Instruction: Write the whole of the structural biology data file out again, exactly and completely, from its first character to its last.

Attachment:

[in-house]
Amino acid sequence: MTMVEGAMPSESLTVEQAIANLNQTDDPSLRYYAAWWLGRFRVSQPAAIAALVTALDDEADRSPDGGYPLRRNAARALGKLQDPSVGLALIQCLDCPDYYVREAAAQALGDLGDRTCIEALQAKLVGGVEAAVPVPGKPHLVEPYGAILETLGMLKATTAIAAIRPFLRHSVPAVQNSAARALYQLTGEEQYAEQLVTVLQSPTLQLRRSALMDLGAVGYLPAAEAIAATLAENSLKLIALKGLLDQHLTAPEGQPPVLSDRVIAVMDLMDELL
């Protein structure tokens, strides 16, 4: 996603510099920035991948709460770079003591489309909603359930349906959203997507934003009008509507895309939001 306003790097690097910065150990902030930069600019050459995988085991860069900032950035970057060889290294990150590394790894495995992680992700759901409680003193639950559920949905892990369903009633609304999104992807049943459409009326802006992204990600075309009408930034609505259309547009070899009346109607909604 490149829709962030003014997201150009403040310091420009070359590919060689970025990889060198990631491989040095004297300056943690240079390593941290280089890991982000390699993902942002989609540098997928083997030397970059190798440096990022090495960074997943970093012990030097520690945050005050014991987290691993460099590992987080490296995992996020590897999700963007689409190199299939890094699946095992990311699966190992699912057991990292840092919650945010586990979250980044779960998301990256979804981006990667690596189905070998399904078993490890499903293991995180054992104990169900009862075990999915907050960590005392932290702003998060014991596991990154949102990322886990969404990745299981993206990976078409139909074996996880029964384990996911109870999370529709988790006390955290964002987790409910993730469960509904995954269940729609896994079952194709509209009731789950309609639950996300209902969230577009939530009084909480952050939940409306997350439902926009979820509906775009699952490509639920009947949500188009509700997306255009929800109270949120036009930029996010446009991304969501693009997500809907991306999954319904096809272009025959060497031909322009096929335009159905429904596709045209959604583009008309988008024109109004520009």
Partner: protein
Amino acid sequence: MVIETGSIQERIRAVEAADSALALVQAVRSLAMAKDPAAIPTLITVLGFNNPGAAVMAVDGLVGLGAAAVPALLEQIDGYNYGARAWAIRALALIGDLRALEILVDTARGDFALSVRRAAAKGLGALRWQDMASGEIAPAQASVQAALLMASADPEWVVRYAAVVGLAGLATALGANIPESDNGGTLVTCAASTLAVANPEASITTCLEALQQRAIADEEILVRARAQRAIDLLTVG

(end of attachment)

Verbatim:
[in-house]
Amino acid sequence: MTMVEGAMPSESLTVEQAIANLNQTDDPSLRYYAAWWLGRFRVSQPAAIAALVTALDDEADRSPDGGYPLRRNAARALGKLQDPSVGLALIQCLDCPDYYVREAAAQALGDLGDRTCIEALQAKLVGGVEAAVPVPGKPHLVEPYGAILETLGMLKATTAIAAIRPFLRHSVPAVQNSAARALYQLTGEEQYAEQLVTVLQSPTLQLRRSALMDLGAVGYLPAAEAIAATLAENSLKLIALKGLLDQHLTAPEGQPPVLSDRVIAVMDLMDELL
């Protein structure tokens, strides 16, 4: 996603510099920035991948709460770079003591489309909603359930349906959203997507934003009008509507895309939001 306003790097690097910065150990902030930069600019050459995988085991860069900032950035970057060889290294990150590394790894495995992680992700759901409680003193639950559920949905892990369903009633609304999104992807049943459409009326802006992204990600075309009408930034609505259309547009070899009346109607909604 490149829709962030003014997201150009403040310091420009070359590919060689970025990889060198990631491989040095004297300056943690240079390593941290280089890991982000390699993902942002989609540098997928083997030397970059190798440096990022090495960074997943970093012990030097520690945050005050014991987290691993460099590992987080490296995992996020590897999700963007689409190199299939890094699946095992990311699966190992699912057991990292840092919650945010586990979250980044779960998301990256979804981006990667690596189905070998399904078993490890499903293991995180054992104990169900009862075990999915907050960590005392932290702003998060014991596991990154949102990322886990969404990745299981993206990976078409139909074996996880029964384990996911109870999370529709988790006390955290964002987790409910993730469960509904995954269940729609896994079952194709509209009731789950309609639950996300209902969230577009939530009084909480952050939940409306997350439902926009979820509906775009699952490509639920009947949500188009509700997306255009929800109270949120036009930029996010446009991304969501693009997500809907991306999954319904096809272009025959060497031909322009096929335009159905429904596709045209959604583009008309988008024109109004520009």
Partner: protein
Amino acid sequence: MVIETGSIQERIRAVEAADSALALVQAVRSLAMAKDPAAIPTLITVLGFNNPGAAVMAVDGLVGLGAAAVPALLEQIDGYNYGARAWAIRALALIGDLRALEILVDTARGDFALSVRRAAAKGLGALRWQDMASGEIAPAQASVQAALLMASADPEWVVRYAAVVGLAGLATALGANIPESDNGGTLVTCAASTLAVANPEASITTCLEALQQRAIADEEILVRARAQRAIDLLTVG